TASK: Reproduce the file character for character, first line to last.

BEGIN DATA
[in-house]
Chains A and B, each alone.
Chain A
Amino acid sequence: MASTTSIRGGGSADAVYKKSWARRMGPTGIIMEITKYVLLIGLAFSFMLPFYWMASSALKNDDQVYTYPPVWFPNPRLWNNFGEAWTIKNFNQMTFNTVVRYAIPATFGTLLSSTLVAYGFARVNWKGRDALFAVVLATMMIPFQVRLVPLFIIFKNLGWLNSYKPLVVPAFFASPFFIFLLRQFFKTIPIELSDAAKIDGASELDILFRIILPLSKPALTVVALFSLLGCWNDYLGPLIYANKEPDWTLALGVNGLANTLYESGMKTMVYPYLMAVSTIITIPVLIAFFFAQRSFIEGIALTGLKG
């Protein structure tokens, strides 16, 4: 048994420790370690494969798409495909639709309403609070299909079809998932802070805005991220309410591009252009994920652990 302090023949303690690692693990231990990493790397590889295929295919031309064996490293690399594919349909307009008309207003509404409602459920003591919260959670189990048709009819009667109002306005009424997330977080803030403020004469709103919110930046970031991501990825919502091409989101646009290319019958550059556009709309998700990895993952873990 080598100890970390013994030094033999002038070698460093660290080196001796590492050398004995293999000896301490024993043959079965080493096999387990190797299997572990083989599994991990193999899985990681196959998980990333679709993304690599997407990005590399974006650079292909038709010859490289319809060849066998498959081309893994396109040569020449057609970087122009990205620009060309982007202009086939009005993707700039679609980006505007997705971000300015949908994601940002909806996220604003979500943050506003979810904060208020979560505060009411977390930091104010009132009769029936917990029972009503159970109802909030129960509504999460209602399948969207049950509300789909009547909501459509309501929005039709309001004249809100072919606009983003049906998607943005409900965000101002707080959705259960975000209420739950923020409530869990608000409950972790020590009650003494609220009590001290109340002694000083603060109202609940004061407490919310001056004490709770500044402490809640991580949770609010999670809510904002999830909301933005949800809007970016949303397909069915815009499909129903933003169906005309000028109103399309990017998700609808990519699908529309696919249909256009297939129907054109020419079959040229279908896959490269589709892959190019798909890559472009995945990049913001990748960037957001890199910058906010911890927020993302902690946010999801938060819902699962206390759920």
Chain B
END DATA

[in-house]
Chains A and B, each alone.
Chain A
Amino acid sequence: MASTTSIRGGGSADAVYKKSWARRMGPTGIIMEITKYVLLIGLAFSFMLPFYWMASSALKNDDQVYTYPPVWFPNPRLWNNFGEAWTIKNFNQMTFNTVVRYAIPATFGTLLSSTLVAYGFARVNWKGRDALFAVVLATMMIPFQVRLVPLFIIFKNLGWLNSYKPLVVPAFFASPFFIFLLRQFFKTIPIELSDAAKIDGASELDILFRIILPLSKPALTVVALFSLLGCWNDYLGPLIYANKEPDWTLALGVNGLANTLYESGMKTMVYPYLMAVSTIITIPVLIAFFFAQRSFIEGIALTGLKG
């Protein structure tokens, strides 16, 4: 048994420790370690494969798409495909639709309403609070299909079809998932802070805005991220309410591009252009994920652990 302090023949303690690692693990231990990493790397590889295929295919031309064996490293690399594919349909307009008309207003509404409602459920003591919260959670189990048709009819009667109002306005009424997330977080803030403020004469709103919110930046970031991501990825919502091409989101646009290319019958550059556009709309998700990895993952873990 080598100890970390013994030094033999002038070698460093660290080196001796590492050398004995293999000896301490024993043959079965080493096999387990190797299997572990083989599994991990193999899985990681196959998980990333679709993304690599997407990005590399974006650079292909038709010859490289319809060849066998498959081309893994396109040569020449057609970087122009990205620009060309982007202009086939009005993707700039679609980006505007997705971000300015949908994601940002909806996220604003979500943050506003979810904060208020979560505060009411977390930091104010009132009769029936917990029972009503159970109802909030129960509504999460209602399948969207049950509300789909009547909501459509309501929005039709309001004249809100072919606009983003049906998607943005409900965000101002707080959705259960975000209420739950923020409530869990608000409950972790020590009650003494609220009590001290109340002694000083603060109202609940004061407490919310001056004490709770500044402490809640991580949770609010999670809510904002999830909301933005949800809007970016949303397909069915815009499909129903933003169906005309000028109103399309990017998700609808990519699908529309696919249909256009297939129907054109020419079959040229279908896959490269589709892959190019798909890559472009995945990049913001990748960037957001890199910058906010911890927020993302902690946010999801938060819902699962206390759920």
Chain B